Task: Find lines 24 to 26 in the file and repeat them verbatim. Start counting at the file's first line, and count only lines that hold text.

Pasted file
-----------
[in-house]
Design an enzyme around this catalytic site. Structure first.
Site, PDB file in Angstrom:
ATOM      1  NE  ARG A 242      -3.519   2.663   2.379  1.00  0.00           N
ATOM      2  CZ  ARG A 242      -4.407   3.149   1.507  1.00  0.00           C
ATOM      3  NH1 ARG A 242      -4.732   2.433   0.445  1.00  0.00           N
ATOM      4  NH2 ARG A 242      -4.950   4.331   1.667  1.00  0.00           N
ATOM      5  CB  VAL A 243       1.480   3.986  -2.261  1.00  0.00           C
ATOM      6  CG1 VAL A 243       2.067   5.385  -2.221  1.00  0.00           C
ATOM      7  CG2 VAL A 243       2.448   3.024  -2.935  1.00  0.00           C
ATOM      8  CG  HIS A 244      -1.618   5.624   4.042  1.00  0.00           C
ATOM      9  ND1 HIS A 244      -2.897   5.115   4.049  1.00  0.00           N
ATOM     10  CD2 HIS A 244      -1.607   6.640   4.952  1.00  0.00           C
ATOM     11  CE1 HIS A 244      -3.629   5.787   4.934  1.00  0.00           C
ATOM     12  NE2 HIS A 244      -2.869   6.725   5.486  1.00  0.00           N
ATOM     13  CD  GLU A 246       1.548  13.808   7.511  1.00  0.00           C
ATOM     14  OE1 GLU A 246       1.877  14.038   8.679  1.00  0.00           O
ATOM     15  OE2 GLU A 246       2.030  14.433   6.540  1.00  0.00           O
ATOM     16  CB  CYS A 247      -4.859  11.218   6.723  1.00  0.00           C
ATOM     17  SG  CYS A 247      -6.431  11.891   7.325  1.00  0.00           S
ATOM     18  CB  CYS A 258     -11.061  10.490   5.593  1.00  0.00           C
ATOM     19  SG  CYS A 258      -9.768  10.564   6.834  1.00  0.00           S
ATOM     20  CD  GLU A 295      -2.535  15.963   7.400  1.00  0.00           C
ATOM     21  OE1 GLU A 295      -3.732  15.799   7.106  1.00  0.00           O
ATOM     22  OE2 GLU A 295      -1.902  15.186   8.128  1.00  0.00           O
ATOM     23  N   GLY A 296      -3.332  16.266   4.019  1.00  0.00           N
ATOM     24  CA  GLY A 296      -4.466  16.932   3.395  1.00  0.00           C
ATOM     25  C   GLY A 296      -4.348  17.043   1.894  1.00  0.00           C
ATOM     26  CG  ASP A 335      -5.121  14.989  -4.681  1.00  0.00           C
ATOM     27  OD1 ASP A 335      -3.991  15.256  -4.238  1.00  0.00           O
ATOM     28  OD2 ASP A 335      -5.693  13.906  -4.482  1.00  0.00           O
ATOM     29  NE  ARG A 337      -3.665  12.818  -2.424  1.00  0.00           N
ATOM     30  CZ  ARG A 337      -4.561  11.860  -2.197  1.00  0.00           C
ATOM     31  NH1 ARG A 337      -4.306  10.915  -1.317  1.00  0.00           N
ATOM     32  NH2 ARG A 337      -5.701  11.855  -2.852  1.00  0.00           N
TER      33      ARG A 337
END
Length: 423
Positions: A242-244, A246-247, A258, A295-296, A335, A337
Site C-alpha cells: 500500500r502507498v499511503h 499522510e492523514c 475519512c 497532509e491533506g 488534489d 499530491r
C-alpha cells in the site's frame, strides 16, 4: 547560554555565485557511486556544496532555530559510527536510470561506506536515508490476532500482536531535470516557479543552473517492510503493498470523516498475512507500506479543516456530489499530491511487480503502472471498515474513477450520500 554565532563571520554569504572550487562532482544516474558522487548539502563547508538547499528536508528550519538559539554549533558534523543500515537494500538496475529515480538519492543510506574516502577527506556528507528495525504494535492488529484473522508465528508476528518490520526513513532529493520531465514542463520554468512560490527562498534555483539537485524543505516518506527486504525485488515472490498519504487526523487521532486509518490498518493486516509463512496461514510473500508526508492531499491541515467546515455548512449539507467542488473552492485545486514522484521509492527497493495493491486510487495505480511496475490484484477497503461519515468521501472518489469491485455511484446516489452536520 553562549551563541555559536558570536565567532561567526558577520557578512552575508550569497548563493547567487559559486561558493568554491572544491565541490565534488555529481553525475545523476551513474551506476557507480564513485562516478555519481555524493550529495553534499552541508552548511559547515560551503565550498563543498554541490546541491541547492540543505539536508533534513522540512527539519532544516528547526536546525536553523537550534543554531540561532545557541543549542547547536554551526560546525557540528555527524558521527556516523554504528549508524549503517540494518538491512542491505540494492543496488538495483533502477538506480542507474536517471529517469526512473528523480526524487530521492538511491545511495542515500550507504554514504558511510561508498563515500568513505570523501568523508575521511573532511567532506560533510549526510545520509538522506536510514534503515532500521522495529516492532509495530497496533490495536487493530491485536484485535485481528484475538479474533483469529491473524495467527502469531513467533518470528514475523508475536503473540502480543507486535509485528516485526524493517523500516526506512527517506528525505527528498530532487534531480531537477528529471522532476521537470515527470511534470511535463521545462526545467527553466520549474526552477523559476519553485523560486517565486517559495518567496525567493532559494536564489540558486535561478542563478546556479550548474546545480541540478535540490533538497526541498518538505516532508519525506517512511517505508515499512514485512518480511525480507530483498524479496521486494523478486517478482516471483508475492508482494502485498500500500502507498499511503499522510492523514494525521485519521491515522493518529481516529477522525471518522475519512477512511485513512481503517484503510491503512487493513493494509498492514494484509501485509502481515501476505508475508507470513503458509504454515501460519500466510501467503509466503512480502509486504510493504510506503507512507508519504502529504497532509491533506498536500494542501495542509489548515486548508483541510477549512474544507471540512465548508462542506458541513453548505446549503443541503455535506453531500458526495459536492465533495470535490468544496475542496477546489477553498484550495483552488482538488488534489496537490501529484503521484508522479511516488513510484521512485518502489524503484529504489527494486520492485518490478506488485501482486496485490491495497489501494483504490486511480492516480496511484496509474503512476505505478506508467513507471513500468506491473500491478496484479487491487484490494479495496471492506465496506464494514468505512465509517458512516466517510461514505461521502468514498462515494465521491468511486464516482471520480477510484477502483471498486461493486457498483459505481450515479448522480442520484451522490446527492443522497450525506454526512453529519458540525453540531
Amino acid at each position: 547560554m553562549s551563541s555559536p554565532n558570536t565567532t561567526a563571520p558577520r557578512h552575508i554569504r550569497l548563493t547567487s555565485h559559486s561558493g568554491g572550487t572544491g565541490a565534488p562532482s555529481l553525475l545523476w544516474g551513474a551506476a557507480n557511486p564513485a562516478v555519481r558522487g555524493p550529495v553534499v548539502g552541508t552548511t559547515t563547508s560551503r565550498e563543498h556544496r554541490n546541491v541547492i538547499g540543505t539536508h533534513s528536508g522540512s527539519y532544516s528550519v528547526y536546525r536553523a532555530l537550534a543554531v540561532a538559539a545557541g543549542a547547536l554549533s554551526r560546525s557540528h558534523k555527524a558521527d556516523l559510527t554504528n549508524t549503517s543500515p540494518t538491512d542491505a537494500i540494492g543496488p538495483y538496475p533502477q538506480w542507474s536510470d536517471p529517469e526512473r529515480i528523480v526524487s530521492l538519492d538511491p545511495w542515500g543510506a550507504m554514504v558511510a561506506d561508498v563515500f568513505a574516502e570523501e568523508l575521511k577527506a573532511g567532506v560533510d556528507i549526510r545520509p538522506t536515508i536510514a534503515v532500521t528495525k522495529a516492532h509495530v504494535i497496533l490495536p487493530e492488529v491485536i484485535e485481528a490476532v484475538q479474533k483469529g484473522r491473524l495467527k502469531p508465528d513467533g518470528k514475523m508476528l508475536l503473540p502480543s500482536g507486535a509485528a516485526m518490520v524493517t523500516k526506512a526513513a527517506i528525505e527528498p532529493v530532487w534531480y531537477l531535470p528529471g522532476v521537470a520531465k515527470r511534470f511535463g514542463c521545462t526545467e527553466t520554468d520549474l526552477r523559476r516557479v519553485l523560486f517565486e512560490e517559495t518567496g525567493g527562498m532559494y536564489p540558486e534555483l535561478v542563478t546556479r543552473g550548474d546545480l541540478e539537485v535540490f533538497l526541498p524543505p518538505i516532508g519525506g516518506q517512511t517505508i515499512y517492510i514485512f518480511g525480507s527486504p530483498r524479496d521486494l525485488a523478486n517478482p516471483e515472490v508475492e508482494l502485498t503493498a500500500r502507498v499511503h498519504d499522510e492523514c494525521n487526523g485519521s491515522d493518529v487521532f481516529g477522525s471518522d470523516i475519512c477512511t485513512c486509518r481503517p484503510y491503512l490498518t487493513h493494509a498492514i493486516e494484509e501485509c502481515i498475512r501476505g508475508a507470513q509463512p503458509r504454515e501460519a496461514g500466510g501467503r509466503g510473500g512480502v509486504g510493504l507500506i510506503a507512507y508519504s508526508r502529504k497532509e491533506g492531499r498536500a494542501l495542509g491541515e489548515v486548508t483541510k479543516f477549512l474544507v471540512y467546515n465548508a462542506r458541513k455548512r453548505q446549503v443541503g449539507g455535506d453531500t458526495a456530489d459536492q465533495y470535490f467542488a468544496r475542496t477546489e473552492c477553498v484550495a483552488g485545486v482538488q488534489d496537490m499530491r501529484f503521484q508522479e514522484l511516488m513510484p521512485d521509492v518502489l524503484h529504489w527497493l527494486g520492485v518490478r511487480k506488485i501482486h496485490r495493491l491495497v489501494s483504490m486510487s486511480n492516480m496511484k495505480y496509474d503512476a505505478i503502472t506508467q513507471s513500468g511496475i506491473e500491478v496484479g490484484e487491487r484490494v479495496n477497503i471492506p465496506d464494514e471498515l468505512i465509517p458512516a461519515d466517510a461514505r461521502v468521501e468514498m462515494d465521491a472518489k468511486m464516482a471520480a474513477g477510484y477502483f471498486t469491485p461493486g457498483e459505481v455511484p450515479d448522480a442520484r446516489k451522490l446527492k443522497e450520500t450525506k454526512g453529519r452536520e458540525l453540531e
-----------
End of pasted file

ATOM     21  OE1 GLU A 295      -3.732  15.799   7.106  1.00  0.00           O
ATOM     22  OE2 GLU A 295      -1.902  15.186   8.128  1.00  0.00           O
ATOM     23  N   GLY A 296      -3.332  16.266   4.019  1.00  0.00           N